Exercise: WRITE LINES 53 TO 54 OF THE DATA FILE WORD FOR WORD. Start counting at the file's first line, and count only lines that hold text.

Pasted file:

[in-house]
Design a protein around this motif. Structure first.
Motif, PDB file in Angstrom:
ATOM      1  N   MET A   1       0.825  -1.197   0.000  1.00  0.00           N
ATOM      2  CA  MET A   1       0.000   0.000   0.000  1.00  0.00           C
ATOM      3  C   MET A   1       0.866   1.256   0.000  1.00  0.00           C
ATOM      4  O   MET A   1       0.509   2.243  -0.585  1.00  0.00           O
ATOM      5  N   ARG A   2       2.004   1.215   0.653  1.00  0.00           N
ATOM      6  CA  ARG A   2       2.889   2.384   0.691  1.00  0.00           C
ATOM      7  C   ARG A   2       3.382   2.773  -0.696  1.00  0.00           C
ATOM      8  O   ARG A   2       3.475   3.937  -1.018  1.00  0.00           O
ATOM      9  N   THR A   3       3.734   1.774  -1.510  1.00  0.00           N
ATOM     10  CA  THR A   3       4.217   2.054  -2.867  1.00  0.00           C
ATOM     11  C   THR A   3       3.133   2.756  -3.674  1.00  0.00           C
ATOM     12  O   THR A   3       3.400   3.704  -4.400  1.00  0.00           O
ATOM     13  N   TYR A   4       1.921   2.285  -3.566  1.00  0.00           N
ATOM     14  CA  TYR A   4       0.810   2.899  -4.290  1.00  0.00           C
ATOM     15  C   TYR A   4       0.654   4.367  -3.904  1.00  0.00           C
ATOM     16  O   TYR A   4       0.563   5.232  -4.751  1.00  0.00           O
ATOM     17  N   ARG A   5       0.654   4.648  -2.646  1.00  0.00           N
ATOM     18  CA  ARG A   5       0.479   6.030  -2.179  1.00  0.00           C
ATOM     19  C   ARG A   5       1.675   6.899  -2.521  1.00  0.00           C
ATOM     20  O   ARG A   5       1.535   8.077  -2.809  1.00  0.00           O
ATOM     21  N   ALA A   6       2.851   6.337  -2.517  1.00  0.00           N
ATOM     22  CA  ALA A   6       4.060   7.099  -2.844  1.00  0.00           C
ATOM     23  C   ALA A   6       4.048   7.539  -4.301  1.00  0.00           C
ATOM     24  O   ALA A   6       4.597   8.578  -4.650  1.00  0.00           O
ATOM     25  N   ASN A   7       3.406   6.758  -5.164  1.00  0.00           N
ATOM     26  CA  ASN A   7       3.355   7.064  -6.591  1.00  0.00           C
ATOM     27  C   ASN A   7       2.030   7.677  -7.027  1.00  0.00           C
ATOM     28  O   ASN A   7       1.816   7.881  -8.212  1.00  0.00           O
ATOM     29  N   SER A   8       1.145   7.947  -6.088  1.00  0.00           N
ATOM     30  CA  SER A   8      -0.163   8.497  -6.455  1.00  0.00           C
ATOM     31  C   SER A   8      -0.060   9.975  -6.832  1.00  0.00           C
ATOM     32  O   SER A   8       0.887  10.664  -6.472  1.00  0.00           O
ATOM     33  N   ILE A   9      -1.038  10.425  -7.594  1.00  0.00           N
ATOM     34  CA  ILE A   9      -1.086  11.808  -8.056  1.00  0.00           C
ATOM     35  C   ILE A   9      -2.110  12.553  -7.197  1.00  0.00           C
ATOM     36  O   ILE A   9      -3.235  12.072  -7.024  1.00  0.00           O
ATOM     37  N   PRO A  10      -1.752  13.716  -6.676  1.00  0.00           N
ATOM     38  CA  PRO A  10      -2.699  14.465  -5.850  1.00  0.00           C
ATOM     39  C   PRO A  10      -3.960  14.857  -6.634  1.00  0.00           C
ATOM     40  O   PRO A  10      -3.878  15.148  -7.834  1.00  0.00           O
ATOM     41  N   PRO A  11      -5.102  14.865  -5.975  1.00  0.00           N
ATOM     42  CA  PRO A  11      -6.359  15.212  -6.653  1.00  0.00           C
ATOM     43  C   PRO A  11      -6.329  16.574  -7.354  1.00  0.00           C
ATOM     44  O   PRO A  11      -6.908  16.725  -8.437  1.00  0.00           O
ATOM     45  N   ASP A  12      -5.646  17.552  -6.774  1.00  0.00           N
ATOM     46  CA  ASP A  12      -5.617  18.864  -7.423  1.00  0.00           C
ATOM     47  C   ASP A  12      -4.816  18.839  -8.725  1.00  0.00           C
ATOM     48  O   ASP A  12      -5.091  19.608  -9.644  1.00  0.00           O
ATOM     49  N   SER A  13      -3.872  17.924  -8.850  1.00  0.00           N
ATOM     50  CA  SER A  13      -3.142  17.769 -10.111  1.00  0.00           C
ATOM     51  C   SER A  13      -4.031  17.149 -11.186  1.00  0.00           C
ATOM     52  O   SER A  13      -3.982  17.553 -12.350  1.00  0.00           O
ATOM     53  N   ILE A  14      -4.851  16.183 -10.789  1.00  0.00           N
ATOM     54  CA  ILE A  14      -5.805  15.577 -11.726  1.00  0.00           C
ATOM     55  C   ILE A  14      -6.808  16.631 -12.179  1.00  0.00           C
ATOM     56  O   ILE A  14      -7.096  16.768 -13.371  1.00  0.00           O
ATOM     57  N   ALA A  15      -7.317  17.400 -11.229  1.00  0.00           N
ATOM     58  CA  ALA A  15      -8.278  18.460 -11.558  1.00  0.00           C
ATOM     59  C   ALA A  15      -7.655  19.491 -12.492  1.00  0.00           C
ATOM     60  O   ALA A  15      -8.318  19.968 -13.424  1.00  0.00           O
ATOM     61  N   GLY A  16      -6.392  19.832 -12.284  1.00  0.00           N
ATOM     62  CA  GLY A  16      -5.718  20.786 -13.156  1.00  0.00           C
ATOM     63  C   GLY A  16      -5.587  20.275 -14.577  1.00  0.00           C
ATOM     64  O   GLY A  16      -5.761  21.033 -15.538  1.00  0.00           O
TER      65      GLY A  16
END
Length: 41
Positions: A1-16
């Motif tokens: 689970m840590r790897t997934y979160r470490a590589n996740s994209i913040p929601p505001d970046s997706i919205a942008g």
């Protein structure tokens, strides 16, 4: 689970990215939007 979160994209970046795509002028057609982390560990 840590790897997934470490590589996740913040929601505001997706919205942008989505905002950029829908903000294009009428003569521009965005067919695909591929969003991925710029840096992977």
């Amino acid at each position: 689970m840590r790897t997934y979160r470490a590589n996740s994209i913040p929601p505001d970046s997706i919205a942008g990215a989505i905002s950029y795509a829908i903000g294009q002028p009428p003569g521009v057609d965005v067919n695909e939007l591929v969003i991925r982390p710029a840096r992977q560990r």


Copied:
ATOM     50  CA  SER A  13      -3.142  17.769 -10.111  1.00  0.00           C
ATOM     51  C   SER A  13      -4.031  17.149 -11.186  1.00  0.00           C